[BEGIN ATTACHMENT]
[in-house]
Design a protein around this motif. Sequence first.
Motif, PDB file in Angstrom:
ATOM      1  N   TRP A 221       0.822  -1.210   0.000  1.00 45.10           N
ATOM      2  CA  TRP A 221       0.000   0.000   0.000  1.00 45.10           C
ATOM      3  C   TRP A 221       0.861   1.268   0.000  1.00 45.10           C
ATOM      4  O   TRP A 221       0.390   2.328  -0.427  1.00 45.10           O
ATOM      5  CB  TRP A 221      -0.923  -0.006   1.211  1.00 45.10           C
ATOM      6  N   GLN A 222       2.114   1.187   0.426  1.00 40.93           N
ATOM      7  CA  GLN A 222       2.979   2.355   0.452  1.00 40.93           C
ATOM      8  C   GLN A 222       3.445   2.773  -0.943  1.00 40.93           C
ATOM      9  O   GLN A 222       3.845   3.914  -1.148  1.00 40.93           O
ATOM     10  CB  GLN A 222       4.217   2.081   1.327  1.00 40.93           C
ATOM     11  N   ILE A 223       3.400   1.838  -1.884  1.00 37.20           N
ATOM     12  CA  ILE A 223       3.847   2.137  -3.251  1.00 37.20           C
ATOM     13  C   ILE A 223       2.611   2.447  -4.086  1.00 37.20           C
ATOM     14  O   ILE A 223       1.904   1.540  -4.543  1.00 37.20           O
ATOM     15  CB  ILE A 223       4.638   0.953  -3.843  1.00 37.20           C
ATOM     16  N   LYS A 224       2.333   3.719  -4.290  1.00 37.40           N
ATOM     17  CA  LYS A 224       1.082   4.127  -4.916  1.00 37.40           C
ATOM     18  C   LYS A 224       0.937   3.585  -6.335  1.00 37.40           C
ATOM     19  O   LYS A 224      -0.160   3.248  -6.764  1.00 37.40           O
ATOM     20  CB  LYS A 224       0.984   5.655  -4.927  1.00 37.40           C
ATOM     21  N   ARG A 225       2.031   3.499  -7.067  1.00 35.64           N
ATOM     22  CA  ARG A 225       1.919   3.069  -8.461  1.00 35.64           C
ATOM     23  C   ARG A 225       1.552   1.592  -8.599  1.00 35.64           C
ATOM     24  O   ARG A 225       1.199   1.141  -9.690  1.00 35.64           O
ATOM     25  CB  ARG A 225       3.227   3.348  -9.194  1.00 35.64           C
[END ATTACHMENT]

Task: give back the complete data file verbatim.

[in-house]
Design a protein around this motif. Sequence first.
Motif, PDB file in Angstrom:
ATOM      1  N   TRP A 221       0.822  -1.210   0.000  1.00 45.10           N
ATOM      2  CA  TRP A 221       0.000   0.000   0.000  1.00 45.10           C
ATOM      3  C   TRP A 221       0.861   1.268   0.000  1.00 45.10           C
ATOM      4  O   TRP A 221       0.390   2.328  -0.427  1.00 45.10           O
ATOM      5  CB  TRP A 221      -0.923  -0.006   1.211  1.00 45.10           C
ATOM      6  N   GLN A 222       2.114   1.187   0.426  1.00 40.93           N
ATOM      7  CA  GLN A 222       2.979   2.355   0.452  1.00 40.93           C
ATOM      8  C   GLN A 222       3.445   2.773  -0.943  1.00 40.93           C
ATOM      9  O   GLN A 222       3.845   3.914  -1.148  1.00 40.93           O
ATOM     10  CB  GLN A 222       4.217   2.081   1.327  1.00 40.93           C
ATOM     11  N   ILE A 223       3.400   1.838  -1.884  1.00 37.20           N
ATOM     12  CA  ILE A 223       3.847   2.137  -3.251  1.00 37.20           C
ATOM     13  C   ILE A 223       2.611   2.447  -4.086  1.00 37.20           C
ATOM     14  O   ILE A 223       1.904   1.540  -4.543  1.00 37.20           O
ATOM     15  CB  ILE A 223       4.638   0.953  -3.843  1.00 37.20           C
ATOM     16  N   LYS A 224       2.333   3.719  -4.290  1.00 37.40           N
ATOM     17  CA  LYS A 224       1.082   4.127  -4.916  1.00 37.40           C
ATOM     18  C   LYS A 224       0.937   3.585  -6.335  1.00 37.40           C
ATOM     19  O   LYS A 224      -0.160   3.248  -6.764  1.00 37.40           O
ATOM     20  CB  LYS A 224       0.984   5.655  -4.927  1.00 37.40           C
ATOM     21  N   ARG A 225       2.031   3.499  -7.067  1.00 35.64           N
ATOM     22  CA  ARG A 225       1.919   3.069  -8.461  1.00 35.64           C
ATOM     23  C   ARG A 225       1.552   1.592  -8.599  1.00 35.64           C
ATOM     24  O   ARG A 225       1.199   1.141  -9.690  1.00 35.64           O
ATOM     25  CB  ARG A 225       3.227   3.348  -9.194  1.00 35.64           C